That is, in order to get protection on stocks, individuals will simply buy a position that will show returns if the S&P 500 falls below 2,000 within a given time frame. Indeed, the put contract expiring in December with a strike price of 2,000 is the most widely held option expiring in 2015, and can currently be purchased for about 1 percent of the price of the index.
The thought among those trading stocks that such a critical level exists actually has a parallel in America's other favorite pastime: Baseball.
Mario Mendoza, a shortstop who played for the Pittsburgh Pirates, Seattle Mariners and Texas Rangers in the 1970s and early 1980s, was known as a good fielder but weak hitter. With a career average batting average of .215, he struggled to stay about .200. This figure has become known as the batting average separating decent hitting (such as would allow a manager to keep an excellent fielder in a lineup) from true offensive incompetence.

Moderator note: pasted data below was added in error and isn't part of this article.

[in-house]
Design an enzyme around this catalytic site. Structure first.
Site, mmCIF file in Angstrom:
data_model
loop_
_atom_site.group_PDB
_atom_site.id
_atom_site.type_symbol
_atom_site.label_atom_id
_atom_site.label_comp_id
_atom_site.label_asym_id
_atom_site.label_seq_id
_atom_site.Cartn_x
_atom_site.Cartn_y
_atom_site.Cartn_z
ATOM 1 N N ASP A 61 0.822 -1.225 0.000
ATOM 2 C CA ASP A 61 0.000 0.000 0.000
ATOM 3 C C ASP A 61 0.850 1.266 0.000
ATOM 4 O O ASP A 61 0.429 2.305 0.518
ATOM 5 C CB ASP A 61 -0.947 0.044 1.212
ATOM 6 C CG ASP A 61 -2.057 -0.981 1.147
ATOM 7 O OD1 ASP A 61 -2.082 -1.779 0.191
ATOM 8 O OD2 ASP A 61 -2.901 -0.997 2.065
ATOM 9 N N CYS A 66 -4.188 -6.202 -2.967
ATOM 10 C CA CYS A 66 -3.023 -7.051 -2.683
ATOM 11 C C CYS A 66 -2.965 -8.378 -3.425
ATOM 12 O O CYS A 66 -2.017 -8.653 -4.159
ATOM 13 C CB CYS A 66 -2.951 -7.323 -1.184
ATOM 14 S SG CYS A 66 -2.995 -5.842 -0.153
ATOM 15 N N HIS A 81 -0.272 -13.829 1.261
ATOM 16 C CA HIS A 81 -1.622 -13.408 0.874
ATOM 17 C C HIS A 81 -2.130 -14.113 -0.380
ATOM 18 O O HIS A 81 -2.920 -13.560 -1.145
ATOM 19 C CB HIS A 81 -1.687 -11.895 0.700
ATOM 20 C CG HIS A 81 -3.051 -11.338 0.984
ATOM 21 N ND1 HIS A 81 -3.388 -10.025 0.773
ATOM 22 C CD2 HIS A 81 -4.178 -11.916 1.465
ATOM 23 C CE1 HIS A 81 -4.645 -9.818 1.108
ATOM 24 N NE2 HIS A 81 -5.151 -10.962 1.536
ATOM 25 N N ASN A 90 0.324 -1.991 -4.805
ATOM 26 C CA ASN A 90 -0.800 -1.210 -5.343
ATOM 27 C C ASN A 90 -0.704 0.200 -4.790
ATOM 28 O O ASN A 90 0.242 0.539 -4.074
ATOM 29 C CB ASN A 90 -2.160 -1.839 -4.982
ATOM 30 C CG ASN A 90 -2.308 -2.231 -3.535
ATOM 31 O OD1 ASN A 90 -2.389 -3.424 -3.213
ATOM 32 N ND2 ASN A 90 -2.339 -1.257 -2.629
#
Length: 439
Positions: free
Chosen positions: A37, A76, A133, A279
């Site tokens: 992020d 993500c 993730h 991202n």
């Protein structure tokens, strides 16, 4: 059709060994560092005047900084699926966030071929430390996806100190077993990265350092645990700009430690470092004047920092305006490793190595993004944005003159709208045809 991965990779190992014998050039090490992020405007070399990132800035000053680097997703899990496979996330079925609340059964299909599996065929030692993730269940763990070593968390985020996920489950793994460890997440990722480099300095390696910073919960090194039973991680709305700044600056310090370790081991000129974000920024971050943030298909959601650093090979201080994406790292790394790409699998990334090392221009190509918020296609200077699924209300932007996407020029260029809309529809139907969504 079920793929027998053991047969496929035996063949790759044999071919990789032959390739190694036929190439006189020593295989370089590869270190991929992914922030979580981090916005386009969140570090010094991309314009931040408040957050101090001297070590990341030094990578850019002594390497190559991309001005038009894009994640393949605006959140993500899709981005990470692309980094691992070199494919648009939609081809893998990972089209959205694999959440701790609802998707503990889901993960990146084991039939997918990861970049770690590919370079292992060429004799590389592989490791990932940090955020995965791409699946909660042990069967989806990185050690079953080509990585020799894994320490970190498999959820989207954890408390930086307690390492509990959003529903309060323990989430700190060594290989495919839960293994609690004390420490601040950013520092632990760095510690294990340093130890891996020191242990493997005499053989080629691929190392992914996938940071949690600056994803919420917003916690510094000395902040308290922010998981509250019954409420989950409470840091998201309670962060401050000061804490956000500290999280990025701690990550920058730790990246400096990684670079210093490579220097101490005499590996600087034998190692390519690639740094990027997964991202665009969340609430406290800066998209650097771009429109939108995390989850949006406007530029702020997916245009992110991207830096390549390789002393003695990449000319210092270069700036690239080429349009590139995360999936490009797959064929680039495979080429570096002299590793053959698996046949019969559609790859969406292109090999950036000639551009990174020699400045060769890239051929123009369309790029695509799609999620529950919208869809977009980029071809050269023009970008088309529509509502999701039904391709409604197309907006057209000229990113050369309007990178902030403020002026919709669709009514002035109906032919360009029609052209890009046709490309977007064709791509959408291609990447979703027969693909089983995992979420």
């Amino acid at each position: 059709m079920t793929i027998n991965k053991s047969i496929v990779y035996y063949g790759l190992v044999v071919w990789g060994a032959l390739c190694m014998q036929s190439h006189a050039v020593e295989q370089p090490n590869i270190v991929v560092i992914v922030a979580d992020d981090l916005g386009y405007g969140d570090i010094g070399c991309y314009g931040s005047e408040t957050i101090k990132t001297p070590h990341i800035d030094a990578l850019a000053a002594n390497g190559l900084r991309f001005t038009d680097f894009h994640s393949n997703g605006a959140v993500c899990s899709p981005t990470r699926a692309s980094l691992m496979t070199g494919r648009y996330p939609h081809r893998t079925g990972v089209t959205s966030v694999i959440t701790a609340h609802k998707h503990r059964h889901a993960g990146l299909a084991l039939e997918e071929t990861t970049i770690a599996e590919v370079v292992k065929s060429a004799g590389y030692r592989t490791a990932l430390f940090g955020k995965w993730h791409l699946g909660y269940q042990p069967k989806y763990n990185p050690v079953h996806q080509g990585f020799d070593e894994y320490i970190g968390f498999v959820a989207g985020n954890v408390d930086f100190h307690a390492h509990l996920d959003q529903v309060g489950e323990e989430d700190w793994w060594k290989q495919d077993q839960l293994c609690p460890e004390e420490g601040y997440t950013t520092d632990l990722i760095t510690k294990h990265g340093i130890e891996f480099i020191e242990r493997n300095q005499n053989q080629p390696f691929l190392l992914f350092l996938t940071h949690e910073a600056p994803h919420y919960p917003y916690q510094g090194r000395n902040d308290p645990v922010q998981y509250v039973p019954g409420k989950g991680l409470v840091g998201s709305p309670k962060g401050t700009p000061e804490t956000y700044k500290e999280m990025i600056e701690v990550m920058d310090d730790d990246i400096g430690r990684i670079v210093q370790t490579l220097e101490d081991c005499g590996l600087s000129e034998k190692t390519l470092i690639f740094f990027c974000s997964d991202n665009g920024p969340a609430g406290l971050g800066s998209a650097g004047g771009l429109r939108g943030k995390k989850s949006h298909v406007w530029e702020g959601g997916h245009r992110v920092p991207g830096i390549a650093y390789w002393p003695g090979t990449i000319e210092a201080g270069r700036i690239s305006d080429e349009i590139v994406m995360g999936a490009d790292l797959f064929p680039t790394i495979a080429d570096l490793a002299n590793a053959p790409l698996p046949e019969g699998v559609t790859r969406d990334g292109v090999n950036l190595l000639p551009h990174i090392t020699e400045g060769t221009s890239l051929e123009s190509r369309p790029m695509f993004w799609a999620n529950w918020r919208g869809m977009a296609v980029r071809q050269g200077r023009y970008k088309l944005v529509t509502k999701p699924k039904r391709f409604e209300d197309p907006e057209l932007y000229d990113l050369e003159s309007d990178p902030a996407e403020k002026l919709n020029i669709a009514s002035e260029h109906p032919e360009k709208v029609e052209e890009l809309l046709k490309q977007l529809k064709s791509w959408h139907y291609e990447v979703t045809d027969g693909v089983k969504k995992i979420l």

Even though the average batting average varies from year to year and from team to team, if a hitter falls below the so-called Mendoza line of .200, he is generally in trouble.
Read MoreWalks are way down in baseball, because of 'capitalism'
Similarly, the 2,000 level on the S&P is where market participants will change their minds about stocks, determining that they are in bad shape — which threatens to become a self-fulfilling prophesy that will lead to the actual acceleration of losses, said Streible.
"That is the level we keep testing," he said in a Tuesday "Trading Nation" segment. "If we come back below 2,000, the market should continue going lower."